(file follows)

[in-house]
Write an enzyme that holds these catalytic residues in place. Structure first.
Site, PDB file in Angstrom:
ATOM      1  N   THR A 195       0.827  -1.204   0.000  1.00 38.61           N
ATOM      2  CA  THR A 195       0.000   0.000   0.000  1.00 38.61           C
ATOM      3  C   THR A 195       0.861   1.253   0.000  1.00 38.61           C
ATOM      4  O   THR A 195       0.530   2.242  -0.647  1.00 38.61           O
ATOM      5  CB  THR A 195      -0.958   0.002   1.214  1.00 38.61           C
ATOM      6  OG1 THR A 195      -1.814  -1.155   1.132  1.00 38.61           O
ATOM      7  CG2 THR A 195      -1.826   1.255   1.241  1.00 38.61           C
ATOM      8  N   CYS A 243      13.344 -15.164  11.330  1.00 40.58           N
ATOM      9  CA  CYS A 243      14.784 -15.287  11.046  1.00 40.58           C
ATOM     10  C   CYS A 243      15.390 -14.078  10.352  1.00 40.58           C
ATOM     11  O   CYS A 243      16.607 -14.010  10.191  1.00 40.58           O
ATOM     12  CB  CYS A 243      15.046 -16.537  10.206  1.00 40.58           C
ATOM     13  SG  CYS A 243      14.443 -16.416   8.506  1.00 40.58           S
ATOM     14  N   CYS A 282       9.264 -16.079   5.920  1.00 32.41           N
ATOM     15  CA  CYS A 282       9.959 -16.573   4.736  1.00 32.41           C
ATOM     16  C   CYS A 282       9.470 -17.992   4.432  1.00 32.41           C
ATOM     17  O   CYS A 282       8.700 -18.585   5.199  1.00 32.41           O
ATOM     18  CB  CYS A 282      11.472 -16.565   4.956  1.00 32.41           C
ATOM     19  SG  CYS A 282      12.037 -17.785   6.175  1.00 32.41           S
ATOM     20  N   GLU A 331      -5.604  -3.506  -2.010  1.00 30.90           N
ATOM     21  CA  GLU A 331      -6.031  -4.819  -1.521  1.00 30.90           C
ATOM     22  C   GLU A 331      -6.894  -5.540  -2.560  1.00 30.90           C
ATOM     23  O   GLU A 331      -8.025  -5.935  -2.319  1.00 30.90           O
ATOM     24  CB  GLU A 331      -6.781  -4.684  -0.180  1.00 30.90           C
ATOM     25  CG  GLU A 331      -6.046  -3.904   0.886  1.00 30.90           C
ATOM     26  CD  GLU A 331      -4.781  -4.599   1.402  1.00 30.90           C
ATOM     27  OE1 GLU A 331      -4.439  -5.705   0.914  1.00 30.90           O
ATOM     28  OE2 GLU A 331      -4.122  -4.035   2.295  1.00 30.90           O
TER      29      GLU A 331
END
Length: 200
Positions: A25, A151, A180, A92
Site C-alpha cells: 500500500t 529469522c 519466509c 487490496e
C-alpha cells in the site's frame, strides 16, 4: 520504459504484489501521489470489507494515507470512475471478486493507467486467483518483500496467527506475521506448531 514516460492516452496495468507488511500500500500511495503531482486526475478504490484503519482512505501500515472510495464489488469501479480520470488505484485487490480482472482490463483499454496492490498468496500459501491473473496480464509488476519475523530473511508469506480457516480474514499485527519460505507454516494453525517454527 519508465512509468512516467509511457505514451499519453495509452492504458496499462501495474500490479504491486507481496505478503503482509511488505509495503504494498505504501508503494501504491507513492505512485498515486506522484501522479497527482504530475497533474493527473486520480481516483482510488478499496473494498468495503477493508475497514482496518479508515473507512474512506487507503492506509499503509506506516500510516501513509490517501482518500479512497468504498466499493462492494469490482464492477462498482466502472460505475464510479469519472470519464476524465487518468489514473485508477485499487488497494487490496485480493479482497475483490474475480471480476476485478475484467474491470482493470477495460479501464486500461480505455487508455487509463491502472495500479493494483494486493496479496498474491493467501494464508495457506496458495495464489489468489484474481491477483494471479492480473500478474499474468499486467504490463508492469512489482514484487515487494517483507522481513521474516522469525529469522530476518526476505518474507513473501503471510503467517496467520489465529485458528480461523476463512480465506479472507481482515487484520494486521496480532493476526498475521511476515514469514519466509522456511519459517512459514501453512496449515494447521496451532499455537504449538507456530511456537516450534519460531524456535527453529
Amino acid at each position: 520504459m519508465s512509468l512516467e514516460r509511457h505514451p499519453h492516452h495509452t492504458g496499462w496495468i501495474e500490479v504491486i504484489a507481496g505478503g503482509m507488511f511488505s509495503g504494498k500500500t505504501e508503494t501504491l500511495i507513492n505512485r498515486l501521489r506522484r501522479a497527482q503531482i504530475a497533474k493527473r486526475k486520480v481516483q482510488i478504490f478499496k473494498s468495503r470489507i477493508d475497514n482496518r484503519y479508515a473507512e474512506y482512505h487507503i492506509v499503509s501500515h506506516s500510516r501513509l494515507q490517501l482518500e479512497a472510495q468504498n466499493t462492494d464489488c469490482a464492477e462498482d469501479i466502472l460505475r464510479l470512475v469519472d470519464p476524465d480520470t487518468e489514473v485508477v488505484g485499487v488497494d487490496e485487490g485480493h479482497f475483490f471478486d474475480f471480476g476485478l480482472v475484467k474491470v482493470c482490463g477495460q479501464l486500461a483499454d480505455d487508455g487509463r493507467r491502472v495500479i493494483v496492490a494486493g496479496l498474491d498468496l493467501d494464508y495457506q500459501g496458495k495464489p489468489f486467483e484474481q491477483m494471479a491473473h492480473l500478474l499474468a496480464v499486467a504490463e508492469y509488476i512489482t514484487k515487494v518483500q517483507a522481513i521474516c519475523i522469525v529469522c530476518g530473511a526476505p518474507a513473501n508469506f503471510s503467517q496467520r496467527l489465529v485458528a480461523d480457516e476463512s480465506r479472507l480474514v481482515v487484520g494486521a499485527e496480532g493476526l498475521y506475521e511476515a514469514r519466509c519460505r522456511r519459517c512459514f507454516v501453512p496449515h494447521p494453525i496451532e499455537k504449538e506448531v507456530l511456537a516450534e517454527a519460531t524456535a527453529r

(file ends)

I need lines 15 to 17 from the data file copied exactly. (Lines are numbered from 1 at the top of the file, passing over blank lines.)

ATOM     12  CB  CYS A 243      15.046 -16.537  10.206  1.00 40.58           C
ATOM     13  SG  CYS A 243      14.443 -16.416   8.506  1.00 40.58           S
ATOM     14  N   CYS A 282       9.264 -16.079   5.920  1.00 32.41           N